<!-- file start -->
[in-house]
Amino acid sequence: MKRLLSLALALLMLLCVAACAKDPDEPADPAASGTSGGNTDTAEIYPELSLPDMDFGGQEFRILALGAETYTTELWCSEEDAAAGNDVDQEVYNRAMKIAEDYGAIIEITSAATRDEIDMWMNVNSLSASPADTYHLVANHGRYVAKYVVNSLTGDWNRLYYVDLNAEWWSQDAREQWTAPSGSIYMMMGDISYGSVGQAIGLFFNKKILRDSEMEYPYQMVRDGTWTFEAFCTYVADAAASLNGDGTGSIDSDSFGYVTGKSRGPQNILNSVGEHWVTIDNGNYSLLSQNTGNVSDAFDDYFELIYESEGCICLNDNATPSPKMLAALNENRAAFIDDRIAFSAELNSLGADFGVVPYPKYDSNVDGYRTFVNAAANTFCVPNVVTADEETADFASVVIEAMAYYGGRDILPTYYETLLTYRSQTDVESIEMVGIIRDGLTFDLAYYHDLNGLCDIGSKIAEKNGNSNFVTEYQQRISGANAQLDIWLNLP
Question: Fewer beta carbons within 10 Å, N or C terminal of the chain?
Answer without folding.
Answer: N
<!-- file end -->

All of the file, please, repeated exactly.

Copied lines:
[in-house]
Amino acid sequence: MKRLLSLALALLMLLCVAACAKDPDEPADPAASGTSGGNTDTAEIYPELSLPDMDFGGQEFRILALGAETYTTELWCSEEDAAAGNDVDQEVYNRAMKIAEDYGAIIEITSAATRDEIDMWMNVNSLSASPADTYHLVANHGRYVAKYVVNSLTGDWNRLYYVDLNAEWWSQDAREQWTAPSGSIYMMMGDISYGSVGQAIGLFFNKKILRDSEMEYPYQMVRDGTWTFEAFCTYVADAAASLNGDGTGSIDSDSFGYVTGKSRGPQNILNSVGEHWVTIDNGNYSLLSQNTGNVSDAFDDYFELIYESEGCICLNDNATPSPKMLAALNENRAAFIDDRIAFSAELNSLGADFGVVPYPKYDSNVDGYRTFVNAAANTFCVPNVVTADEETADFASVVIEAMAYYGGRDILPTYYETLLTYRSQTDVESIEMVGIIRDGLTFDLAYYHDLNGLCDIGSKIAEKNGNSNFVTEYQQRISGANAQLDIWLNLP
Question: Fewer beta carbons within 10 Å, N or C terminal of the chain?
Answer without folding.
Answer: N